From the top of the building, the view is endlessly panoramic. To our South is the blueness of the sea which effortlessly permeates within the blueness of the sky, almost like an osmosis. To our North is the hustle and bustle of the crowded shopping areas and the chaos of Karachi’s traffic. This tumultuous dichotomy left us wondering about this urbanized city that we call home, and how the violent traces of this urbanization disrupt the peace of the sea. The sand of the beach is almost invisible owing to the layers of trash, from banana peels to wrappers of chips and biscuits, to shit-soaked baby diapers, to used condoms. From up there, you get an expansive view of how the city is betrayed by its own dwellers, the ones like us who stand in adoration of its brilliance but then become the very cause of why this beauty is snatched and worn out.
As dusk approached, at the end of the back alley, we discovered a banyan tree beside an empty bungalow outside which sits a security guard, shielding the abandoned house the same way a dragon shields a cave. There wasn’t too much monstrous about this massive man, despite his unwelcoming disposition. We approached him to inquire why the bungalow is empty despite it looking perfectly well-dressed and in shape. With a rebuff, he replied that it is none of our business.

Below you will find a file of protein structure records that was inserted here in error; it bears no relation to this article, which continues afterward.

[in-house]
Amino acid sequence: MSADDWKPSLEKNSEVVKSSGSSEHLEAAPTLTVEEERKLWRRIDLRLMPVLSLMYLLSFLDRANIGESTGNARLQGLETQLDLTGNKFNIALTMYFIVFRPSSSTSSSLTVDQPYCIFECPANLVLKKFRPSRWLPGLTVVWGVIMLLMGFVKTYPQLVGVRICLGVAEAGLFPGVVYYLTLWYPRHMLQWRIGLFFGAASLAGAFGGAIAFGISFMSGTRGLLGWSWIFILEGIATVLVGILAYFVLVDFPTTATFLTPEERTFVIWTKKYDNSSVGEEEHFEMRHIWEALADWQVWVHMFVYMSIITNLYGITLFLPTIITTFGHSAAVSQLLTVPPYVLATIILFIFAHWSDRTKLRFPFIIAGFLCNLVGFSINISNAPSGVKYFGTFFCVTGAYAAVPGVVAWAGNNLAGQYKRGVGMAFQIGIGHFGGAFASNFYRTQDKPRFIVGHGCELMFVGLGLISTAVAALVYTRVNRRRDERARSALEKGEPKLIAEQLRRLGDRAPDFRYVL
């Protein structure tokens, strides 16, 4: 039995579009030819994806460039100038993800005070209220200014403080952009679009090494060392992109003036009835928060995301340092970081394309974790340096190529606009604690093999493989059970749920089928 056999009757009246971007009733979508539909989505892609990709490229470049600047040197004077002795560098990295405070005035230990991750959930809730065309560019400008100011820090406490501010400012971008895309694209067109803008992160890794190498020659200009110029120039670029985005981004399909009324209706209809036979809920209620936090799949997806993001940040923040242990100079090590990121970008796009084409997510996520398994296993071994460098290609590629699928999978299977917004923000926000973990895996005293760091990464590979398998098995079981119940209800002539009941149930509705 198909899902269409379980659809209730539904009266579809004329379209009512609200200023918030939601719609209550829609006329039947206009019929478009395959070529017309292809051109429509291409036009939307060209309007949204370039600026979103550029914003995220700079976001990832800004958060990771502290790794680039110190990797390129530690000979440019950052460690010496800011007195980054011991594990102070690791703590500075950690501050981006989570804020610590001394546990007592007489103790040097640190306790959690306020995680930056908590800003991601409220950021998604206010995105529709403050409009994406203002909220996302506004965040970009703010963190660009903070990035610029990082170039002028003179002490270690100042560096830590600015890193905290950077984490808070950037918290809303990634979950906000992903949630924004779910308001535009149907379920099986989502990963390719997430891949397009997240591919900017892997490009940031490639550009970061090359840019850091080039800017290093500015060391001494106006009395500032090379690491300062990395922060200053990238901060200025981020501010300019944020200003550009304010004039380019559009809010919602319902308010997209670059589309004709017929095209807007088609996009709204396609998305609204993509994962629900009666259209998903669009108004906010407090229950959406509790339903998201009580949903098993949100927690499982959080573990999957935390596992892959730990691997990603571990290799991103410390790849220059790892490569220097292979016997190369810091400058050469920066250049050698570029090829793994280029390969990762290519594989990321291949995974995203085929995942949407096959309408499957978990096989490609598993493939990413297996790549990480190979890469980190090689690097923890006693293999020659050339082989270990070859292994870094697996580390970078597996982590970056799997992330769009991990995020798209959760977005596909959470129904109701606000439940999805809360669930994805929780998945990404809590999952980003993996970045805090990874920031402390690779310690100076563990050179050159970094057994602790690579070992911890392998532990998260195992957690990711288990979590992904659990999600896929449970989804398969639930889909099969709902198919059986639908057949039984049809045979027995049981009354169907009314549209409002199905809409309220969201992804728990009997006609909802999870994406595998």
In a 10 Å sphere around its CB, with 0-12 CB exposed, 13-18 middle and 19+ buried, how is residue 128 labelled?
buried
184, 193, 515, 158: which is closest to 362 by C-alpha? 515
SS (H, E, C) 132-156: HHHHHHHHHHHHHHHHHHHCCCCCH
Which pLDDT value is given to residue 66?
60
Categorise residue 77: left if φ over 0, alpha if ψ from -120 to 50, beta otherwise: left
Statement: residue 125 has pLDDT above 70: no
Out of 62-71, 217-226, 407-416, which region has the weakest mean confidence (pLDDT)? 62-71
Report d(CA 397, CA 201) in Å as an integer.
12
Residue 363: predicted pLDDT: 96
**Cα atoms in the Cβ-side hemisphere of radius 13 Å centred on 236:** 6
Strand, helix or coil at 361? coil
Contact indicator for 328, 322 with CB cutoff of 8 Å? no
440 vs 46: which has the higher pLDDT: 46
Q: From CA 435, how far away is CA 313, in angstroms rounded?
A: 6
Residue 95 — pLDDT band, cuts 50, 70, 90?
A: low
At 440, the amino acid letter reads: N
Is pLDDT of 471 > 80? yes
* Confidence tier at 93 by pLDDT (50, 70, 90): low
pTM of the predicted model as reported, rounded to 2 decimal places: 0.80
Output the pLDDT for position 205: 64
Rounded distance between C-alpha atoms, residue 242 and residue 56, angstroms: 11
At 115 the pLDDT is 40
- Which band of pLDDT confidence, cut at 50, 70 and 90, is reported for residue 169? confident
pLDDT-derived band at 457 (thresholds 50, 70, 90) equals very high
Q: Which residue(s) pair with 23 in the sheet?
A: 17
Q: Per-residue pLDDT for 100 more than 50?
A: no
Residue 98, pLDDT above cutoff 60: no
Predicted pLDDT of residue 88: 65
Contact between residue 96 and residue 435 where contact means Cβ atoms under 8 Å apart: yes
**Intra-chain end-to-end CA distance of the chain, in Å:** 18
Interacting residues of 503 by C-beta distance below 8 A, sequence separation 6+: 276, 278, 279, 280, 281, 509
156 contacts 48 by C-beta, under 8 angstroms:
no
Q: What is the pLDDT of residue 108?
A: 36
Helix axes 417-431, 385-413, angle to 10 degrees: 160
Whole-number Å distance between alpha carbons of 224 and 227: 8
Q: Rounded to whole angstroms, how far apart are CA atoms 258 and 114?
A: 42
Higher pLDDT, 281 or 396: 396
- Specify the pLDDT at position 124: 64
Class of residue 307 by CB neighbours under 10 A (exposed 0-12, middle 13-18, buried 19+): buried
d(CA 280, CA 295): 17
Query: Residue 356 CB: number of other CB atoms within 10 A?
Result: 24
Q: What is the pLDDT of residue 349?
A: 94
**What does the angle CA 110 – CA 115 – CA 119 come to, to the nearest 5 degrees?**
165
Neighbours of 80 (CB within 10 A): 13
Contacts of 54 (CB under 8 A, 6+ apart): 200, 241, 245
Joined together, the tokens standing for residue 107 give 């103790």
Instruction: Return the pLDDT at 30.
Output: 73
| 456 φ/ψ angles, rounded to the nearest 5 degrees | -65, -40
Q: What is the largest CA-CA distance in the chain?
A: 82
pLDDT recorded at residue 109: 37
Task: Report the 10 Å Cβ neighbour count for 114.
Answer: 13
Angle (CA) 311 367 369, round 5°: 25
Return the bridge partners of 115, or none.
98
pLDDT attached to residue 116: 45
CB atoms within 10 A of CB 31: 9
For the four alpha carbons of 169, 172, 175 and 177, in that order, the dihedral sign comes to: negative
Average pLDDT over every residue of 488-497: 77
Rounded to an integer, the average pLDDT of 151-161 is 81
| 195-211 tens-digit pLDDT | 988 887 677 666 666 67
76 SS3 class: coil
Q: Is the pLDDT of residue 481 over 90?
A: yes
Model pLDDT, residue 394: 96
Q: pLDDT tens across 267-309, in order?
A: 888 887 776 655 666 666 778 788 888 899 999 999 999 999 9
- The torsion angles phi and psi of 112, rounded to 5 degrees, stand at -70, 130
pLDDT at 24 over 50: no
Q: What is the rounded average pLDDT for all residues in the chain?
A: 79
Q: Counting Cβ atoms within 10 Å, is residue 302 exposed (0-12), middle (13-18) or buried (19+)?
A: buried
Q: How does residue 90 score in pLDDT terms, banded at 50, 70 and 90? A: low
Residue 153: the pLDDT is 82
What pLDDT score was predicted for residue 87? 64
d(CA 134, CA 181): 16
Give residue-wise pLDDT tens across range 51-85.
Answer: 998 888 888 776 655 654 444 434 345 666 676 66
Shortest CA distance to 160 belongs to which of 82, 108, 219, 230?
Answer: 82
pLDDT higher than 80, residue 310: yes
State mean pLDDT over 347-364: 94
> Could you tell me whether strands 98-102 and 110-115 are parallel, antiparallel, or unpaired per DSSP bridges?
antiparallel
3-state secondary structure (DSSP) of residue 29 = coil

To spook us, as if we were children, he narrated a short story of how the banyan tree beside the bungalow was a site of violence during the time of partition. He went on to tell us how the men of a Hindu family were hanged from this banyan tree, the bodies of whom were replaced by hanging branches on the thin wood trunk, and how these hanging branches still continue to occupy a place on the tree. The women of the family were made to watch this hate crime and were taken somewhere else afterward, their whereabouts unknown. Most hauntingly, he told us that if one stares at the tree long enough during the Maghrib Azan, one can still see the memory of the dead and their unquenched desire for revenge. The hyperboles and the performance of the melodrama were at the very least commendable. We, of course, dismissed him as another exaggerated character in our journey to explore these areas who probably fantasized about these stories, the same way we mused about ours.
As such, Karachi is a city inhabited by ghosts, both real and imagined. Sometimes these ghosts are self-constructed fantasies in search of comfort and companionship, to rationalize the life that is given to us when things seem unscrupulously incomprehensible. Sometimes, they are real: not seeking revenge or vengeful violence, but a recognition of their existence, and closure of their lives. They have moved across walls and doors, into the doors of distraught families and estranged couples, into corporate boardrooms which abandon ongoing projects without any disregard for their employees, into the camps of shady guards who one cannot place, with certainty, as a liar or a truth-teller, and lastly into the vast mass of the sea, fluid and mobile like the waves which sail them away.
Ibad Hassan is a contributing writer. Email him at